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Graphene becomes superconductive - Electrons with "no mass" flow with "no resistance"

19.02.2016

A joint research team in Japan has developed a method to grow high-quality graphene on a silicon carbide (SiC) crystal by controlling the number of graphene sheets.

Graphene is a single-atomic carbon sheet with a hexagonal honeycomb network (Fig. 1). Electrons in graphene take a special electronic state called Dirac-cone where they behave as if they have no mass. This allows them to flow at very high speed, giving graphene a very high level of electrical conductivity.


Figure 1: Crystal structure of Ca-intercalated bilayer graphene fabricated on SiC substrate. Insertion of Ca atoms between two graphene layers causes the superconductivity.

Copyright : Tohoku University


Figure 2: Temperature dependence of electrical resistivity of Ca-intercalated bilayer graphene, measured by the micro four-point-probe method (inset). The resistivity shows a rapid decrease at around 4 K and reaches "zero" at 2 K, showing the emergence of superconductivity.

Copyright : Tohoku University

This is significant because electrons with no mass flowing with no resistance in graphene could lead to the realization of an ultimately high-speed nano electronic device.

The collaborative team of Tohoku University and the University of Tokyo has developed a method to grow high-quality graphene on a silicon carbide (SiC) crystal by controlling the number of graphene sheets. The team fabricated bilayer graphene with this method and then inserted calcium (Ca) atoms between the two graphene layers like a sandwich (Fig. 1).

They measured the electrical conductivity with the micro four-point probe method and found that the electrical resistivity rapidly drops at around 4 K (-269 °C), indicative of an emergence of superconductivity (Fig. 2).

The team also found that neither genuine bilayer graphene nor lithium-intercalated bilayer graphene shows superconductivity, indicating that the superconductivity is driven by the electron transfer from Ca atoms to graphene sheets.

The success in fabricating superconducting graphene is expected to greatly impact both the basic and applied researches of graphene.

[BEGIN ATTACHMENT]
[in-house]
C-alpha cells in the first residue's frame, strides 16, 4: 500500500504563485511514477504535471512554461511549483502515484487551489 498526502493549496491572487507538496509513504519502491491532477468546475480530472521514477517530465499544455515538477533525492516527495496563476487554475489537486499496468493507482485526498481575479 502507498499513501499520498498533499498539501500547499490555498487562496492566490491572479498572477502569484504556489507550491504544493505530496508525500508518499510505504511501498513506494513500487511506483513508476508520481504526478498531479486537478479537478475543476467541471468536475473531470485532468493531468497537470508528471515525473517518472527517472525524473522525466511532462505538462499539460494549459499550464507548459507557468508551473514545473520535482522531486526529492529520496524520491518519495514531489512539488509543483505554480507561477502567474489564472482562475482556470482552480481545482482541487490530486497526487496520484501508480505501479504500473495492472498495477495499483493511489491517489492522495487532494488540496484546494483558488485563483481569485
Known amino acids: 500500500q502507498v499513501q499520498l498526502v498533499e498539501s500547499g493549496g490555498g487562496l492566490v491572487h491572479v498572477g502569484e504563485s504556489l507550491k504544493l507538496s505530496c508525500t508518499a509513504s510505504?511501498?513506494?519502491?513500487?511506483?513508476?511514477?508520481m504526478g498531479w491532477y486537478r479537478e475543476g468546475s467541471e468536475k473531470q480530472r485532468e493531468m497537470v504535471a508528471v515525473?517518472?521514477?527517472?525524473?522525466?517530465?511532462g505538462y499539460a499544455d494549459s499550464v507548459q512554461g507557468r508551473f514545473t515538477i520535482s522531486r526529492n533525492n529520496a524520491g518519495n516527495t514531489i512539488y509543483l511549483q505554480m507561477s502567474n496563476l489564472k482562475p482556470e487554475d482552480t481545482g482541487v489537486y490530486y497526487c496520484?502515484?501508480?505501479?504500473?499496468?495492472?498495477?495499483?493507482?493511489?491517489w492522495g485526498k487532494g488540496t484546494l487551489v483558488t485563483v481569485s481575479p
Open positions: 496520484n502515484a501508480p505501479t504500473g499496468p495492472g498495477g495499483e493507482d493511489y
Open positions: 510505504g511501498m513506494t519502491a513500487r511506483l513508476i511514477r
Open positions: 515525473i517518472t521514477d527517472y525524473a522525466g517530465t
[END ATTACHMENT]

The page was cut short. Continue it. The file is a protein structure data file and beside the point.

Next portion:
It is currently not clear what phenomenon takes place when the Dirac electrons with no mass become superconductive with no resistance. But based on the latest study results, further experimental and theoretical investigations would help to unravel the properties of superconducting graphene.

The superconducting transition temperature (Tc) observed in this study on Ca-intercalated bilayer graphene is still low (4 K). This prompts further studies into ways to increase Tc, for example, by replacing Ca with other metals and alloys, or changing the number of graphene sheets.

From the application point of view, the latest results pave the way for the further development of ultrahigh-speed superconducting nano devices such as a quantum computing device, which utilizes superconducting graphene in its integrated circuit.

Publication Details:

Authors: Satoru Ichinokura, Katsuaki Sugawara, Akari Takayama, Takashi Takahashi and Shuji Hasegawa
Title: Superconducting Calcium-Intercalated Bilayer Graphene
Journal: ACS Nano (2016)
DOI: 10.1021/acsnano.5b07848

Contact:
Takashi Takahashi
Advanced Institute for Materials Research, Tohoku University
Tel: +81-22-217-4816
Fax: +81-22-217-4818
Email: t.takahashiarpes.phys.tohoku.ac.jp


Associated links
Original article from Tohoku University

Ngaroma Riley | Research SEA

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